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Publication numberUS5031184 A
Publication typeGrant
Application numberUS 07/545,707
Publication dateJul 9, 1991
Filing dateJun 29, 1990
Priority dateJul 1, 1989
Fee statusLapsed
Also published asDE8908049U1
Publication number07545707, 545707, US 5031184 A, US 5031184A, US-A-5031184, US5031184 A, US5031184A
InventorsPeter Greve, Martin Blumentritt, Harald Sakowski, Karl Brenner
Original AssigneeCarl-Zeiss-Stiftung
Export CitationBiBTeX, EndNote, RefMan
External Links: USPTO, USPTO Assignment, Espacenet
Cooling arrangement for a semiconductor pump source
US 5031184 A
Abstract
The invention is directed to a cooling arrangement for a semiconductor pump source which develops heat during operation. The cooling arrrangement includes a heat sink defining a seat for accommodating the pump source thereon and a cooling channel is formed in the heat sink for conducting a coolant therethrough to remove a major portion of the heat. A Peltier device is connected to the heat sink for finely controlling the temperature of the heat sink so as to permit the semiconductor pump source to emit radiation having a predetermined optional wavelength.
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Claims(6)
What is claimed is:
1. A cooling arrangement for a semiconductor pump source which develops heat during operation, the cooling arrangement comprising:
a heat sink defining a seat for accommodating the pump source thereon;
cooling channel means formed in said heat sink for conducting a coolant therethrough to remove a major portion of said heat; and,
Peltier means connected to said heat sink for finely controlling the temperature of said heat sink so as to permit said semiconductor pump source to emit radiation having a predetermined optional wavelength.
2. The cooling arrangement of claim 1, said Peltier means including a Peltier element mounted on said heat sink; temperature sensor means mounted on said heat sink for detecting the temperature thereof; and, control means for controlling the supply of current to said Peltier element in dependence upon said temperature.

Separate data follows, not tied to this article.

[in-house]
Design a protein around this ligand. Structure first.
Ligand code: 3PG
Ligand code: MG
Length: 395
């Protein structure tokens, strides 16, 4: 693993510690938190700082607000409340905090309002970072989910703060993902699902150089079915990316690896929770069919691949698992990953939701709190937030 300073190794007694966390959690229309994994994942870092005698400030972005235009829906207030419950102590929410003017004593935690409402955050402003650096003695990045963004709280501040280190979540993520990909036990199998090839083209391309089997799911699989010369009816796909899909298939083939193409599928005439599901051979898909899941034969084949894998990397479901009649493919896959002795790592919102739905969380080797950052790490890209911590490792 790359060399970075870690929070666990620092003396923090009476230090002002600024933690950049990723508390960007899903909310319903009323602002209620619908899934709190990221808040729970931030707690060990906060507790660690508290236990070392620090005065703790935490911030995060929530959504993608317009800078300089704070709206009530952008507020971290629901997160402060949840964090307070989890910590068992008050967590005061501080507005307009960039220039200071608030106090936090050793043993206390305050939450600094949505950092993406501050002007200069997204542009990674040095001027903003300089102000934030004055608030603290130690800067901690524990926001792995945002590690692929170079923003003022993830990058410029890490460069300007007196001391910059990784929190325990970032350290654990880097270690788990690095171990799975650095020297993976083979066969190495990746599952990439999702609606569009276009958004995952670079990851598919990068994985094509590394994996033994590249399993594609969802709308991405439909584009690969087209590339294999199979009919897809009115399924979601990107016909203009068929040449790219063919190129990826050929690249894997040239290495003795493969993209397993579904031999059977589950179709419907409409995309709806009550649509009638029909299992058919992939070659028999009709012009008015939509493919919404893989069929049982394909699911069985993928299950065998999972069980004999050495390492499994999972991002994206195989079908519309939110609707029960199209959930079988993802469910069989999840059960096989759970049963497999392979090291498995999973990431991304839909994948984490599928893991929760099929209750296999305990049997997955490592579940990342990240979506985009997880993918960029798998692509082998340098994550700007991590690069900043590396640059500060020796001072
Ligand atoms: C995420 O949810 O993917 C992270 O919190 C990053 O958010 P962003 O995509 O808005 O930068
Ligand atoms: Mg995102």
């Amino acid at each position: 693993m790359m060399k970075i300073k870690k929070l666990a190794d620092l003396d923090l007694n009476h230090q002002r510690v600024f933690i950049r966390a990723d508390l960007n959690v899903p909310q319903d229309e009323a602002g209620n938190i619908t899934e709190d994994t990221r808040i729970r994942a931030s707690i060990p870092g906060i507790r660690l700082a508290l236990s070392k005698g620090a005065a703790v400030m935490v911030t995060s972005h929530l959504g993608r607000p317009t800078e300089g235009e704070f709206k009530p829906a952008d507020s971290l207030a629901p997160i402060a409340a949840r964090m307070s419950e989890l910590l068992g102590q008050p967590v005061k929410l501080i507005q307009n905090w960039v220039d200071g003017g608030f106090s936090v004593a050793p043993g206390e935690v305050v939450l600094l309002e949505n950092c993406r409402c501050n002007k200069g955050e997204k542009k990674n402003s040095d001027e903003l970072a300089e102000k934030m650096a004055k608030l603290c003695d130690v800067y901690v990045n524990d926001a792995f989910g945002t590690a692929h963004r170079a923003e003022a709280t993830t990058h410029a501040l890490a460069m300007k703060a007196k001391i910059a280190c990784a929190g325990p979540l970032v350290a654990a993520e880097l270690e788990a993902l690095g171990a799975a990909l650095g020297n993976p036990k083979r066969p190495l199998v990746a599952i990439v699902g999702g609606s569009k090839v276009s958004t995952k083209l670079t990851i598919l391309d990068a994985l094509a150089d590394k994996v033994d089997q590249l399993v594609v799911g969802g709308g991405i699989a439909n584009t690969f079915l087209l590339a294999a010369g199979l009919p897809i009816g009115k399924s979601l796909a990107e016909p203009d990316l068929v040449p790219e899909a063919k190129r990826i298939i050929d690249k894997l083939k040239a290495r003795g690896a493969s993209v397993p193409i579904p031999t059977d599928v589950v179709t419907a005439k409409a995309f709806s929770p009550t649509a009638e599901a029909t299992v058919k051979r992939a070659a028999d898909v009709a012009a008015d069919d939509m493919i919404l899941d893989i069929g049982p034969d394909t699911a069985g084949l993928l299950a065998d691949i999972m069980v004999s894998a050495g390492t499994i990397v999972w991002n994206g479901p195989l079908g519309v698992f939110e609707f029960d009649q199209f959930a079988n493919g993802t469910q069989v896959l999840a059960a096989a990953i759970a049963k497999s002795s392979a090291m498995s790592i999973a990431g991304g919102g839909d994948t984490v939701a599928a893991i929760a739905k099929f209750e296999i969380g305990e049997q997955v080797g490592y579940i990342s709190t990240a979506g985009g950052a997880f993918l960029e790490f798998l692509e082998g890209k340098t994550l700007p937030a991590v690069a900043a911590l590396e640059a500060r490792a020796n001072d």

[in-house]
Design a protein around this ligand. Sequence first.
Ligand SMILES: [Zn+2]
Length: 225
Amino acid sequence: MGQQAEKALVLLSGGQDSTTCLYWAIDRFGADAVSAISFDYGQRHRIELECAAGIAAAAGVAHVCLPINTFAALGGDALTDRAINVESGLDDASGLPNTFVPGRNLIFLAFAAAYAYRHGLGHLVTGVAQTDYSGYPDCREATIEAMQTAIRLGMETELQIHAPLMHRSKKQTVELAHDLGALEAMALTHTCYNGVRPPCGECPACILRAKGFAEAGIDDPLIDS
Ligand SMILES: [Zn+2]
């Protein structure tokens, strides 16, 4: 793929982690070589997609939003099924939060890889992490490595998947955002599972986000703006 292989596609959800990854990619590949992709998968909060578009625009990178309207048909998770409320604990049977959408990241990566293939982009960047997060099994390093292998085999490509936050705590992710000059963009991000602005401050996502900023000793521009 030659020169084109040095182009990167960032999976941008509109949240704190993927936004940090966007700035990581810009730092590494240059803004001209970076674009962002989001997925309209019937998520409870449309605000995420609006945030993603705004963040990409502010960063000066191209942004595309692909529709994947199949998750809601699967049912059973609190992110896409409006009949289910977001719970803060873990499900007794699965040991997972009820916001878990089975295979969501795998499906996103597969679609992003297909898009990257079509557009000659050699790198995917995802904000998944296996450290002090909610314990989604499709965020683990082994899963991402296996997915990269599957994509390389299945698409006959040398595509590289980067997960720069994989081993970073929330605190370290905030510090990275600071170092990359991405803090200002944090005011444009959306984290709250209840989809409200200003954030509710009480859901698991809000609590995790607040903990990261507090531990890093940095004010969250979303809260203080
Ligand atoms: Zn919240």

3. The cooling arrangement of claim 1, further comprising: a base plate connected to said Peltier means; and, ancillary cooling means for cooling said base plate.
4. A composite cooling arrangement for a plurality of semiconductor pump sources each developing heat during the operation thereof, the composite cooling arrangement comprising:
a plurality of heat sinks for accommodating respective ones of said pump sources thereon;
said heat sinks being mounted in a row one next to the other with each two mutually adjacent ones of said heat sinks conjointly defining a narrow space therebetween;
each of said heat sinks having a cooling channel formed therein for conducting a coolant therethrough to remove a major portion of the heat developed by the heat source mounted thereon;
a plurality of Peltier temperature control devices corresponding to respective ones of said heat sinks for finely controlling the temperature of the heat sink; and,
each Peltier temperature control device including: temperature sensor means mounted on the heat sink corresponding thereto for detecting the temperature thereof; a Peltier element mounted on the heat sink; and, control means for controlling the supply of current to said Peltier element in dependence upon the temperature detected by the temperature sensor means corresponding thereto.
5. The composite cooling arrangement of claim 4, said cooling channels being formed in said heat sinks so as to be aligned and conjointly define a composite continuous channel when said heat sinks are mounted one next to the other; and, a plurality of sealing discs disposed in corresponding ones of the spaces between each two mutually adjacent ones of said heat sinks.
6. The composite cooling arrangement of claim 5, further comprising a base plate connected to said Peltier elements; and, ancillary cooling means for cooling said base plate.
Description
FIELD OF THE INVENTION

The invention relates to a cooling arrangement for semiconductor pump sources wherein the semiconductor pump source is mounted on a heat sink which is provided with a temperature sensor and is connected with a Peltier element.

BACKGROUND OF THE INVENTION

Solid state lasers which are pumped by means of semiconductor laser sources have gained in significance in recent times. So-called laser diode arrays are used in order to provide adequately large pump power. The light emitting layer for the laser diode array comprises a plurality of strips. Arrays of this kind are assembled into so-called bars which typically have an edge length of approximately 10 mm and emit an average light power of up to 10 watts. Up to 50 watts of electrical power is required at a conversion efficiency of 20 to 30%. The heat developed must be conducted away since a temperature increase of the emitting layer presents two disadvantages. The life-time of the semiconductor is shortened and the wavelength of the emitted radiation is shifted so that it partly no longer lies in the range which is optimal for pump light absorption.